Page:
whose presence is the absence of light

in whose absence the presence of light promised.

Oh our majesty who condemns us all

It is not the shadows that trace our lives

but a match of light

cupped between our hands in prayer

the spoons of which

measure both our hours and our days.

Oh our majesty who condemns us all

this is where the bare trees roam

their symphony their chorus

rising above the heroin tents

whose black tar beds

lay beneath a tattooed arm.

Oh our majesty who condemns us all

who clamps each vein upon each vein

whose fountain of blood

surrounding Fifth Street

hotels the language of our despair

and protects our throats of envy.

Oh our majesty who condemns us all

please see the shadows that present the light

please see the light that shadows the promise

forgotten by the childhood

lost in the moist smells of our addictions

lost in the thin scabs over our skin

our eyes see only the resin in our dreams

and our love is the dull ache in the crooks of our arms.

Nach Mozart (Heroin in der Fünften Straße) translated by Tzveta Sofronieva

Ach unsere Erhabenheit die uns alle verurteilt und

ihr Licht das Versprechen des Lichts verschattet

ihr Versprechen die Anwesenheit des Lichts verschattet

ihre Anwesenheit die Abwesenheit des Lichts ist

in deren Abwesenheit das Wesen des Lichts ein Versprechen gab

Ach unsere Erhabenheit die uns alle verurteilt und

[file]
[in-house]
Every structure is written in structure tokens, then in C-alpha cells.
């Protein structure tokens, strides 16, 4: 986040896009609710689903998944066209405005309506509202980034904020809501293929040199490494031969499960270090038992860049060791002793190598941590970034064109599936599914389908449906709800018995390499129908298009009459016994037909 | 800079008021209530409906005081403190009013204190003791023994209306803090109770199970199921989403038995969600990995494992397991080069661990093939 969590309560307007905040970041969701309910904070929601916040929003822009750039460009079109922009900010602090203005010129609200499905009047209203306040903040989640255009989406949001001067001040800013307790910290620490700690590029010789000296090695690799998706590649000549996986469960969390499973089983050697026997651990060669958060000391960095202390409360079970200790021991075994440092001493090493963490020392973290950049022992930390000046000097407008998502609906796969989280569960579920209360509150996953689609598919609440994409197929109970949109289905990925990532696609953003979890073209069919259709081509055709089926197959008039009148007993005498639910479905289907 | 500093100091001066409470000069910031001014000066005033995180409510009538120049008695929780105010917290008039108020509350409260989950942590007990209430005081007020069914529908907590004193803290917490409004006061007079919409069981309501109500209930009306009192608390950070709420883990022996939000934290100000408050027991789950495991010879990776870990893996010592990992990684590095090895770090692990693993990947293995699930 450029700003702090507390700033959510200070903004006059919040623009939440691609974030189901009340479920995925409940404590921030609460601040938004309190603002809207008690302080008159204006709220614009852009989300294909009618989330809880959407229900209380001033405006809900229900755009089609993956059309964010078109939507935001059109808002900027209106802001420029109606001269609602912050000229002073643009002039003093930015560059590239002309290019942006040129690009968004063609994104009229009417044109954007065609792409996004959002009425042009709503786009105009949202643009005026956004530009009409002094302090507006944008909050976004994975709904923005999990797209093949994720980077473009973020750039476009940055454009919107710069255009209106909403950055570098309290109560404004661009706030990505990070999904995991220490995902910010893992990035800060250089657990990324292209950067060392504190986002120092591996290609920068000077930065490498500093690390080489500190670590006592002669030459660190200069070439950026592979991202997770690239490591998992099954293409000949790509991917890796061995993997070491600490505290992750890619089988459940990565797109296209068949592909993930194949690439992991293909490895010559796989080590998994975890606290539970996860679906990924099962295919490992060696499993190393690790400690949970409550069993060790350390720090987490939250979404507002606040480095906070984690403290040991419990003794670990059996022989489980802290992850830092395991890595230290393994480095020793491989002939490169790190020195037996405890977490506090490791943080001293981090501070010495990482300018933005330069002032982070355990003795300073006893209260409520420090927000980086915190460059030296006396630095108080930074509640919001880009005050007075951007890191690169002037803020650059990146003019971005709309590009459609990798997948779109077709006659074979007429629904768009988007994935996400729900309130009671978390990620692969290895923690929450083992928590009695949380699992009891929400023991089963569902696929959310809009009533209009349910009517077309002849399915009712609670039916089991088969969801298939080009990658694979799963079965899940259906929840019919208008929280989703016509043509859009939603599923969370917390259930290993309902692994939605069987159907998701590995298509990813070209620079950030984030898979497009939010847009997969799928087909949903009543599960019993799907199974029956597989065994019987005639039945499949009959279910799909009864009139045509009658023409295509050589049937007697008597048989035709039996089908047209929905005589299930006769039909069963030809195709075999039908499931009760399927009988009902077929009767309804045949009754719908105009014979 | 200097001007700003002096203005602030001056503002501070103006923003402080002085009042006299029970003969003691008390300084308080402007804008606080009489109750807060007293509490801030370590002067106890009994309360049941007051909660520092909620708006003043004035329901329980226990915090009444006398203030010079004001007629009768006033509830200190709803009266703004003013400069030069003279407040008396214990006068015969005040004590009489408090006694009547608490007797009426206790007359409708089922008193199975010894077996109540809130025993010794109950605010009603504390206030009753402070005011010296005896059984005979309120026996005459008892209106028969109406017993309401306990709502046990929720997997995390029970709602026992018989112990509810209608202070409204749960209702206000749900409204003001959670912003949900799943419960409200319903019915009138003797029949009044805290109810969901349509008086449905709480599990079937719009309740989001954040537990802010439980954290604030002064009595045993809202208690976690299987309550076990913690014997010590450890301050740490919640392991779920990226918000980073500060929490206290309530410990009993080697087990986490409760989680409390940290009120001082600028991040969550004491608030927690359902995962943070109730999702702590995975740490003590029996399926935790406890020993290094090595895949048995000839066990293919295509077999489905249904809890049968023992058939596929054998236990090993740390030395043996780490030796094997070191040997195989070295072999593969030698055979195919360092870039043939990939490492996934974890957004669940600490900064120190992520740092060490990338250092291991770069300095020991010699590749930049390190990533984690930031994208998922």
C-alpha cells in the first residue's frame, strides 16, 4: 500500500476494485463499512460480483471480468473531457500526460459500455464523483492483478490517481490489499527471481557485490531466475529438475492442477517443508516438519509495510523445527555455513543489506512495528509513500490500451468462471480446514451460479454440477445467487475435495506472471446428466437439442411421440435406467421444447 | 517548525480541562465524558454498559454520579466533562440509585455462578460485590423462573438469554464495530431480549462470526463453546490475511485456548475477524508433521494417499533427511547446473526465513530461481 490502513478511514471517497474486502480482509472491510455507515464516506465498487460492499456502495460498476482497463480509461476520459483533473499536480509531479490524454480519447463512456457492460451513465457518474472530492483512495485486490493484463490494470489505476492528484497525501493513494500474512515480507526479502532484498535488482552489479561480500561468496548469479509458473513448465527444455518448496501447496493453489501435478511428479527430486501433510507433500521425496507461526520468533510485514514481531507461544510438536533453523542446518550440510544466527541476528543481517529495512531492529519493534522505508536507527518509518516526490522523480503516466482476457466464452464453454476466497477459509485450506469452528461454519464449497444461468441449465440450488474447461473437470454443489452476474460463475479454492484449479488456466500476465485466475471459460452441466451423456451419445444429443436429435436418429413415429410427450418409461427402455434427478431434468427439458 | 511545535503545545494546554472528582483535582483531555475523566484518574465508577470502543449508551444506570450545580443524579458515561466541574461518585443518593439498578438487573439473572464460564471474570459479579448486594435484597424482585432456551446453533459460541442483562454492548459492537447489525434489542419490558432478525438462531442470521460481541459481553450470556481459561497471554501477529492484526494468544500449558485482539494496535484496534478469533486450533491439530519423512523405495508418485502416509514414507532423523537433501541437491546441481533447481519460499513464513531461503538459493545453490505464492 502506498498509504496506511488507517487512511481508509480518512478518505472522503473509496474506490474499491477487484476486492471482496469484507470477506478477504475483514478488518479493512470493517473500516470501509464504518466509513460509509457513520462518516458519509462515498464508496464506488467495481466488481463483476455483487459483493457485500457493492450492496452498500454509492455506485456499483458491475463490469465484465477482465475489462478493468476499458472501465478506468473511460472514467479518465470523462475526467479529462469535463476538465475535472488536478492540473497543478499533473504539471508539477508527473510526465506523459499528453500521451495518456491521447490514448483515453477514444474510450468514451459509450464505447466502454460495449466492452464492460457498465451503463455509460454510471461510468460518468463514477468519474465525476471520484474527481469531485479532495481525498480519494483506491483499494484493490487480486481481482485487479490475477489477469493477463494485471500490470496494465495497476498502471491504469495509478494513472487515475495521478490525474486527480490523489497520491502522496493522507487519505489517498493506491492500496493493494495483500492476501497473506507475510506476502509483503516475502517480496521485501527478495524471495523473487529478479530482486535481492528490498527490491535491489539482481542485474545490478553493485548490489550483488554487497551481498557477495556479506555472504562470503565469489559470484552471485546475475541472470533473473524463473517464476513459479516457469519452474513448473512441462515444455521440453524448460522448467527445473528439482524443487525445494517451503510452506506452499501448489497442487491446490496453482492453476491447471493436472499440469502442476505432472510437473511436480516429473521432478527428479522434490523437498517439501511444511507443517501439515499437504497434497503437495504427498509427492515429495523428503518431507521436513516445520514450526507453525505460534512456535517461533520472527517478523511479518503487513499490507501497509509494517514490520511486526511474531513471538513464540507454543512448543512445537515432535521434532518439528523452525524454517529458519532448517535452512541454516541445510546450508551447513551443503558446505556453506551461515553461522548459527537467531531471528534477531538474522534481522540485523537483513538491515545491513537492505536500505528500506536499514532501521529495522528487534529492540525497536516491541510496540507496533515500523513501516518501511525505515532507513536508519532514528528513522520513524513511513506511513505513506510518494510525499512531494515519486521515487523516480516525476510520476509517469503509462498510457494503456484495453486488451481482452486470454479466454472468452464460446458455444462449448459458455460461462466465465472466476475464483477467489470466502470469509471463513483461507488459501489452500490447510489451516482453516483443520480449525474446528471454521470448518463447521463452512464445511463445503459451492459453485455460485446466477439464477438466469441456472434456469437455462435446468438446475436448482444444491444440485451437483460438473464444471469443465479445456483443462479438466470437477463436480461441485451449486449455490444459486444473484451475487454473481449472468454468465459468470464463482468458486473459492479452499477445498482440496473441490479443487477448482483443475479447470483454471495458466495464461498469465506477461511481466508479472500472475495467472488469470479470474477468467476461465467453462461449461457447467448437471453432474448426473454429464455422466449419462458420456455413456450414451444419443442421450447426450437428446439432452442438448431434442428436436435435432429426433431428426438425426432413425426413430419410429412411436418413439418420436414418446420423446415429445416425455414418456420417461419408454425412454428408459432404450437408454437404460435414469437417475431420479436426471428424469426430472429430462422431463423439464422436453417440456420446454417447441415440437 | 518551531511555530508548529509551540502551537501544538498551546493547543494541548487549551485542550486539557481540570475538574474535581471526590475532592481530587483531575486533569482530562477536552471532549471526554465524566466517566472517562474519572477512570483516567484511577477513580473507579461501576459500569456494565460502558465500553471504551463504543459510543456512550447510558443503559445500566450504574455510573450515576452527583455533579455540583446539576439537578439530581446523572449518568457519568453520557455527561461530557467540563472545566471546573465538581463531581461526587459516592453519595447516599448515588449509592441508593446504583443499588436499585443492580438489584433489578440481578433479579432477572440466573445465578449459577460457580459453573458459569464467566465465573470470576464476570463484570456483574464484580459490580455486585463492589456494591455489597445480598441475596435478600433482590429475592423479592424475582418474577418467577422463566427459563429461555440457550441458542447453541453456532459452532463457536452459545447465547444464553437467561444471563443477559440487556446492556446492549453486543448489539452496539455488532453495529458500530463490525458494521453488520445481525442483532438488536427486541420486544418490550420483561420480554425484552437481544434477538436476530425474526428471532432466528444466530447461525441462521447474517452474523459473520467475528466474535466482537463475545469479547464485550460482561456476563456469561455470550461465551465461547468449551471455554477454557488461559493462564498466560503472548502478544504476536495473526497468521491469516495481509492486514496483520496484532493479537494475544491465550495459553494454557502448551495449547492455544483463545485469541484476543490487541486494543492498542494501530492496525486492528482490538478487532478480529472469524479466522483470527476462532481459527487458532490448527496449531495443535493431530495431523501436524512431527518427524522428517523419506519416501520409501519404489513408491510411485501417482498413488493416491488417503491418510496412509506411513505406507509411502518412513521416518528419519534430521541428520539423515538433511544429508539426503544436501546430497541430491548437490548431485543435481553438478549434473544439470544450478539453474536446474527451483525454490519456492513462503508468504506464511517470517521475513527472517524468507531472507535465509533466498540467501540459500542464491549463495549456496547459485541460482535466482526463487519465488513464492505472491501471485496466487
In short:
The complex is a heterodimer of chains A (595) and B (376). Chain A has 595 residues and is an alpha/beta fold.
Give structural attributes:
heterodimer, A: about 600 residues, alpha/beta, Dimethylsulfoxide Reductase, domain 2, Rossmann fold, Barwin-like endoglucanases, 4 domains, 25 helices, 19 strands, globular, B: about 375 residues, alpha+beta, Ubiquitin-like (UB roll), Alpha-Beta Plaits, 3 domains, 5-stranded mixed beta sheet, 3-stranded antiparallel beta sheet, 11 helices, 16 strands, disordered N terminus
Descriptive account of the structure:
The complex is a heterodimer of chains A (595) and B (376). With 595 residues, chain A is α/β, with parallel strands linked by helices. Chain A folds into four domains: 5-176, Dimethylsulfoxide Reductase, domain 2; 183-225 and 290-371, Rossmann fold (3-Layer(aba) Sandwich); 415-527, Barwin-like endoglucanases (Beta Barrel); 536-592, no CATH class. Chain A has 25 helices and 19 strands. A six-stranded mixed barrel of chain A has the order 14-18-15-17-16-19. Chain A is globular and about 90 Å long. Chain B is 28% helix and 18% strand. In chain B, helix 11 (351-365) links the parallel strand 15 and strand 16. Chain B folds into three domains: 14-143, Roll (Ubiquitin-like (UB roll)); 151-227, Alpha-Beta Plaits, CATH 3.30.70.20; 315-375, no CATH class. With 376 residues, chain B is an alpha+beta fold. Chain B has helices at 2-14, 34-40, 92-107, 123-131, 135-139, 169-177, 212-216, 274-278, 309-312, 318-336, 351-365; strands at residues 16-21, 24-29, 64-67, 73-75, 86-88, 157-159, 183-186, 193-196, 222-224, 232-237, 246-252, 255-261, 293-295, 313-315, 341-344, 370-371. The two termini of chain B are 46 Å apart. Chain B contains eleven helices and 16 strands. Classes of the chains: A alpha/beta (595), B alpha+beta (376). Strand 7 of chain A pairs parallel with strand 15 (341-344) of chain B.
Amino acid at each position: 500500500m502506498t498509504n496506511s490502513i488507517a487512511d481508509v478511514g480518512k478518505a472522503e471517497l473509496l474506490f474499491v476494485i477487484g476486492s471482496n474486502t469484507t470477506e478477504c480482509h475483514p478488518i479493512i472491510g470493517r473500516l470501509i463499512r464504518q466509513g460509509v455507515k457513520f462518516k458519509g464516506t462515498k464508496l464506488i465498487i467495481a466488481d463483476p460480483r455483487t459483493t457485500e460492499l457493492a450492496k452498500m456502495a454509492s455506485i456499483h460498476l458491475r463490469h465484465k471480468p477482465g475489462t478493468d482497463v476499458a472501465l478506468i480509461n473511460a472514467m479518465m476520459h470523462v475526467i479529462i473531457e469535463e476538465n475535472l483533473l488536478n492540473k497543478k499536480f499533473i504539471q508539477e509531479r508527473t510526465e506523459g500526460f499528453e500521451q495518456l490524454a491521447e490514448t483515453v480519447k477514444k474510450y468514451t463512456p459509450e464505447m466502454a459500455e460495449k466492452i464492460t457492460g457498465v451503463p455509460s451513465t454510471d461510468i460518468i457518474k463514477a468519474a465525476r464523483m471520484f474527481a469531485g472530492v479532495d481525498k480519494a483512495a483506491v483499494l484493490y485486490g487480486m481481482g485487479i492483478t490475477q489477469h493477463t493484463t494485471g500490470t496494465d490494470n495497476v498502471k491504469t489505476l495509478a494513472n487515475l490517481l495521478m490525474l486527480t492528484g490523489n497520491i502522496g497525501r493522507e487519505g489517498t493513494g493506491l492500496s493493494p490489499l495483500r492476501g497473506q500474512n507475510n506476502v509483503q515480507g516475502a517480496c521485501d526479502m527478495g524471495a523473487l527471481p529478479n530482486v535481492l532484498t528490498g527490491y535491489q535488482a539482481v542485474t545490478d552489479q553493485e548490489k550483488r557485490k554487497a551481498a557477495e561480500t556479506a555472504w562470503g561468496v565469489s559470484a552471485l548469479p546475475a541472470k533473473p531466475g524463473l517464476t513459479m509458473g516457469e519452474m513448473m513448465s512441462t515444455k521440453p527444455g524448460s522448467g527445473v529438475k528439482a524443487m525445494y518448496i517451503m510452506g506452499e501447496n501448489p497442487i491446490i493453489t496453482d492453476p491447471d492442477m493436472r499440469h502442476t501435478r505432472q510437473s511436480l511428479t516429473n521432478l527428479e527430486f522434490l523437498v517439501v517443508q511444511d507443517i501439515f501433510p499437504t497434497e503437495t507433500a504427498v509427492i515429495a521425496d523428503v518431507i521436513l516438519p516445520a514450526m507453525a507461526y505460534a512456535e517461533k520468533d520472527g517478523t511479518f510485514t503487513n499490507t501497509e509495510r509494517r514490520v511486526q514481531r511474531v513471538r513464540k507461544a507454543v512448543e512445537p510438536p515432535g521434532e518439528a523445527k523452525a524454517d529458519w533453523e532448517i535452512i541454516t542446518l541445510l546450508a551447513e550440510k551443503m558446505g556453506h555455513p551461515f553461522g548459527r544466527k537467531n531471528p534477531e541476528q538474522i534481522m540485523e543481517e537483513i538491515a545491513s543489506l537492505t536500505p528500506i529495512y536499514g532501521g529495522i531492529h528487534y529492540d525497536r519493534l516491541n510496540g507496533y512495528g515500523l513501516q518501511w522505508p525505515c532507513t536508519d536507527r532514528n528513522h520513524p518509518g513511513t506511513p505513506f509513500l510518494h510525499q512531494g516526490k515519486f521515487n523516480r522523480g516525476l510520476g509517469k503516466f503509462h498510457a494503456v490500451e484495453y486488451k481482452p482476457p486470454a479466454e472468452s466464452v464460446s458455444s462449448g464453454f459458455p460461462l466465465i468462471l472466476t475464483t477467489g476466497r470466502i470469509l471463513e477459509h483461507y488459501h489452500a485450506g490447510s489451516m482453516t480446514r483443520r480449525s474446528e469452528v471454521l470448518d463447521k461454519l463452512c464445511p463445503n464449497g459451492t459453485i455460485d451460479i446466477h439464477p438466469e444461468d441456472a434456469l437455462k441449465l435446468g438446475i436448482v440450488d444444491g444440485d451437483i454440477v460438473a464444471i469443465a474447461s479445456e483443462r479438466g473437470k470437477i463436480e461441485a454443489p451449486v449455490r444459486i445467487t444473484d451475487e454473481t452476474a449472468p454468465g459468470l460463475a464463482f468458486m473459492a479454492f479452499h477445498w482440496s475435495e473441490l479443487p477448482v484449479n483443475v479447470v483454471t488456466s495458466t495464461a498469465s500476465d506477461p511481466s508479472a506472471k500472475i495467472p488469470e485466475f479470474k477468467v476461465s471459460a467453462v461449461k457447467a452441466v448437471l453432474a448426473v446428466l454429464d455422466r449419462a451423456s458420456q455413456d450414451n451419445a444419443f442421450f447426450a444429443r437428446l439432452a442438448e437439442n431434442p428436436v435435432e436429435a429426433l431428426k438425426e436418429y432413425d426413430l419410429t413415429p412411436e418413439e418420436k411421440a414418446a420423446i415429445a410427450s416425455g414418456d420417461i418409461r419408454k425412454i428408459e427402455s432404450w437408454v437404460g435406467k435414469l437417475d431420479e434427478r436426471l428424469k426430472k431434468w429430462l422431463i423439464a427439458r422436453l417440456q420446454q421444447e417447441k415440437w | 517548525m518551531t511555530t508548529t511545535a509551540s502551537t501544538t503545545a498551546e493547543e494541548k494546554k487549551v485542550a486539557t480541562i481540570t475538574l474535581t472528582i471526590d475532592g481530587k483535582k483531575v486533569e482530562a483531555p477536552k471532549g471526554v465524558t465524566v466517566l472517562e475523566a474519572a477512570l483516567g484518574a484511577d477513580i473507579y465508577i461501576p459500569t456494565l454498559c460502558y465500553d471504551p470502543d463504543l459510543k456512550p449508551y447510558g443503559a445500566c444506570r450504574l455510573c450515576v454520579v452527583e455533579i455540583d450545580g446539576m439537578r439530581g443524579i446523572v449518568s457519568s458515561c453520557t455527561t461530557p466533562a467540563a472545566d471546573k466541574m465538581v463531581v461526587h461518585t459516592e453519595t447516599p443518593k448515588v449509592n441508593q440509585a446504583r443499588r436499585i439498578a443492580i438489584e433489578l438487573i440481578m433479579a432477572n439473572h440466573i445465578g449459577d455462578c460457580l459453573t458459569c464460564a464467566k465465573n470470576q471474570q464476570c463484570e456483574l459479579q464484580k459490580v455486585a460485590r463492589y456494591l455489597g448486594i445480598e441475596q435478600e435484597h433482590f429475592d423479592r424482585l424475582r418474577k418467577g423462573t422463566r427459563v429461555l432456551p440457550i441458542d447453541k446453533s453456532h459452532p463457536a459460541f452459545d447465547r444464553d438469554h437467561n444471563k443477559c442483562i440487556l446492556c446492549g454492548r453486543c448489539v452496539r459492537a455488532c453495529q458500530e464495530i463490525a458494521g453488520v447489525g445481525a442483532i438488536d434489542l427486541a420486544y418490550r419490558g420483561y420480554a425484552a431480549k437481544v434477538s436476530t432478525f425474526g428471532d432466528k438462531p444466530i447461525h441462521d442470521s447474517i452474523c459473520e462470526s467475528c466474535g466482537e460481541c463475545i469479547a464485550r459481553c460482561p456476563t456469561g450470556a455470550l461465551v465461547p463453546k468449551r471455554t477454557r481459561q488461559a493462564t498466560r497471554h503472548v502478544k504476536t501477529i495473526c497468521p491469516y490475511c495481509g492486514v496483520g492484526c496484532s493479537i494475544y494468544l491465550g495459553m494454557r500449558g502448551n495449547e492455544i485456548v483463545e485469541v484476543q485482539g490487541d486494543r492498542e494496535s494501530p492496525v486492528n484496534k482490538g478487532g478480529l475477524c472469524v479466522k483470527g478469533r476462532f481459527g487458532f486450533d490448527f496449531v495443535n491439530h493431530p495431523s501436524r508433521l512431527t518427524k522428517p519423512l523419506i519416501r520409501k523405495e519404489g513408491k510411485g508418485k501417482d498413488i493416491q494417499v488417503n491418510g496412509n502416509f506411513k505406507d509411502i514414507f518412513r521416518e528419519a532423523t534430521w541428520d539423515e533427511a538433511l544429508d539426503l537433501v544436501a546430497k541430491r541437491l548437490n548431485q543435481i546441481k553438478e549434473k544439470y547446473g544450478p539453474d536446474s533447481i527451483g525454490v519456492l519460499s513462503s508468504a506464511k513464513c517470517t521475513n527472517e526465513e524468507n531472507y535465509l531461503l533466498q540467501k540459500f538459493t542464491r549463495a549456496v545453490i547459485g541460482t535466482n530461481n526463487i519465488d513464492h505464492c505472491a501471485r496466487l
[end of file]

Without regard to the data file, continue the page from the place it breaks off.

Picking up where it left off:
nicht der Schatten ist der unseren Lebenslinien nachgeht

sondern das entzündete Licht

zwischen unseren gewölbten Händen im Gebet

die Löffel Simpel

bemessen die uns verbleibenden Stunden und Tage

Ach unsere Erhabenheit die uns alle verurteilt und

da ist wo nackte Äste schweifen

ihre Symphonie ihr Refrain

steigend über Heroin Zelten

deren schwarze Holzteerbetten

unter dem tätowierten Arm liegen

Ach unsere Erhabenheit die uns alle verurteilt und

die jede Ader auf jede andere Ader klemmt

deren Blutfontäne

die die Fünfte Straße umringt

die Sprache unserer Verzweiflung beherbergt

und die Kehle unserer Eifersucht schont

Ach unsere Erhabenheit die uns alle verurteilt

erkenne bitte die Schatten die das Licht vorstellen

erkenne bitte das Licht das das Verheißen verschattet

vergessen von der Kindheit

verloren in den feuchten Gerüchen unserer Sucht

verloren in dem dünnen Schorf auf unserer Haut

unsere Augen sehen nur den Stoff in unseren Träumen

und unsere Liebe ist der stumpfe Schmerz in unseren Armbeugen